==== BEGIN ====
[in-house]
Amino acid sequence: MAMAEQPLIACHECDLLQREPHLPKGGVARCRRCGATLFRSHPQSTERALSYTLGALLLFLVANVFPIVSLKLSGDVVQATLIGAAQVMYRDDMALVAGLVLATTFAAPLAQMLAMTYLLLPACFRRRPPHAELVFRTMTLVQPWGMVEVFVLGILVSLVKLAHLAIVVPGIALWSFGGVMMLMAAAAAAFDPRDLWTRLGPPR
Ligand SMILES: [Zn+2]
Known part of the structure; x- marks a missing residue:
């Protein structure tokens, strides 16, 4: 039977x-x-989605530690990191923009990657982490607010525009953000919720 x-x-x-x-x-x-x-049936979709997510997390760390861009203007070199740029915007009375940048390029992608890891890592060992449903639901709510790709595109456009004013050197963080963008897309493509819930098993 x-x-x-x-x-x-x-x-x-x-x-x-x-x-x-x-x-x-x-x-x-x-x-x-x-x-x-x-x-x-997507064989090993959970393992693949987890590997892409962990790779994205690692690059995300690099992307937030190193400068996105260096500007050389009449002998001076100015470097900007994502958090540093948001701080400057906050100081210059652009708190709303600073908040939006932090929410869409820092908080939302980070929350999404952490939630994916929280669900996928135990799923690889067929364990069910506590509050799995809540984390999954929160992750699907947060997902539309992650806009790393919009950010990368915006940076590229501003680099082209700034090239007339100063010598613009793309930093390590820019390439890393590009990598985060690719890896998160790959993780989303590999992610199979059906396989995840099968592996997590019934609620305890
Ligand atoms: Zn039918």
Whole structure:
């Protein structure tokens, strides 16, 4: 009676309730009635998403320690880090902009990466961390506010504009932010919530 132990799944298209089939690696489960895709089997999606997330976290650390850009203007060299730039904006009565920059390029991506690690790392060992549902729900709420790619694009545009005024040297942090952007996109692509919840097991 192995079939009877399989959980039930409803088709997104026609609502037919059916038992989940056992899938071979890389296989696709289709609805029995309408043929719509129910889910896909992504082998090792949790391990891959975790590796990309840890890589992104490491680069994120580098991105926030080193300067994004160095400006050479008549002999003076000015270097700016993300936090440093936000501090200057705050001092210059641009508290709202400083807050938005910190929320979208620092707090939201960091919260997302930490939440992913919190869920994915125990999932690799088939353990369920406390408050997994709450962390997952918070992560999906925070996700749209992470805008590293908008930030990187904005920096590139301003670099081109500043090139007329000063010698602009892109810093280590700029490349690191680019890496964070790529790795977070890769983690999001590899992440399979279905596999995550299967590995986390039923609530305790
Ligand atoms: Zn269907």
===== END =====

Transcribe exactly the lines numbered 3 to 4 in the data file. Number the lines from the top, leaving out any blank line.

Ligand SMILES: [Zn+2]
Known part of the structure; x- marks a missing residue: